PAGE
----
Another 10 million airbag inflators made by now-defunct Takata Corp. must be repaired in what could be the last major wave of the auto industry’s largest-ever safety recall crisis.
The callback disclosed on Wednesday represents the final phase in a series of scheduled recalls covering of tens of millions of the defective parts that the now-bankrupt auto supplier agreed to undertake in a 2015 settlement, according to the U.S. National Highway Traffic Safety Administration.
The parts covered by the latest recall were installed in earlier repairs despite sharing the same basic flaw as the components they were replacing: explosive propellant that can become unstable in hot, humid climates and explode in a crash, spraying vehicle occupants with metal shards. At least 24 deaths and about 300 injuries worldwide have been linked to the lethal airbag defect.
The components were used because, being newly made, they were seen as a safer alternative to older inflators exposed to years of heat and humidity. The supplier told NHTSA it was unaware of any examples of the replacement parts exploding after being installed in a vehicle, according to filings with the agency. Later versions of Takata’s components used a chemical drying agent and several automakers have switched to alternative designs from other companies that don’t share the same defect as the Takata parts.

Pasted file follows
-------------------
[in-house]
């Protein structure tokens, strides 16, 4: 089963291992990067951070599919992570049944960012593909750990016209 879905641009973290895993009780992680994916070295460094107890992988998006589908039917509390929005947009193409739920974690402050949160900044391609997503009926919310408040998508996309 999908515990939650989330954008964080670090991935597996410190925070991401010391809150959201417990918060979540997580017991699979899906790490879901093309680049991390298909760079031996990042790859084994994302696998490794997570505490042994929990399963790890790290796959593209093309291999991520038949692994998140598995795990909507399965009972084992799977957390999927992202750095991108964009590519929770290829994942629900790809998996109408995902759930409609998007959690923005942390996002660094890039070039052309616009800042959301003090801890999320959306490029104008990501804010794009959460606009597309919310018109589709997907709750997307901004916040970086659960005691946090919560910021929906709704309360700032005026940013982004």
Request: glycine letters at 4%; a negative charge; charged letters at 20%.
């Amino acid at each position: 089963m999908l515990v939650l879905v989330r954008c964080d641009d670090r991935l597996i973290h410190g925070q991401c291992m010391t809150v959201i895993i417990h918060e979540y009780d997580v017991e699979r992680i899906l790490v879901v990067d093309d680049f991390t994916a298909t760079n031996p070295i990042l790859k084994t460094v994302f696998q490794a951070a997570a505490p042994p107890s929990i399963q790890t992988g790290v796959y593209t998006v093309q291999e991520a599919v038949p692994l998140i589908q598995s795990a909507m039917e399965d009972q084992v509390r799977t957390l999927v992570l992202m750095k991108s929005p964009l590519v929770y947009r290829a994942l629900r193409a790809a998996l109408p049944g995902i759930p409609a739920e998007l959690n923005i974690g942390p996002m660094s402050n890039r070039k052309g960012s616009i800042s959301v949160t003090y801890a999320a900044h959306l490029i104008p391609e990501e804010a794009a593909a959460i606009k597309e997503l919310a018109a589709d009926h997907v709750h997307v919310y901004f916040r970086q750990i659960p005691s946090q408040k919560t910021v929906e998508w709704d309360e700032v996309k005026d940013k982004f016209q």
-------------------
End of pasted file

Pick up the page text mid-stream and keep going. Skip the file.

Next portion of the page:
The parts recalled on Wednesday were supplied to 14 automakers for their U.S. vehicles, including Honda Motor Co., Fiat Chrysler Automobiles and BMW AG. Some automakers have already announced their share of the recalls. Also on Wednesday, Subaru Corp.’s U.S. unit said it would recall roughly 500,000 vehicles in the county to replace the components, it told NHTSA.
Fiat Chrysler began fixing the affected parts in its vehicles in 2015 and no additional recalls will stem from Takata’s latest action, a spokesman for the automaker said.
Takata was purchased in April 2018 by China’s Ningbo Joyson Electronic Corp. and renamed Joyson Safety Systems.
Some 34.6 million inflators have been repaired while 12.8 million defective parts remained on the road as of mid-November, NHTSA said.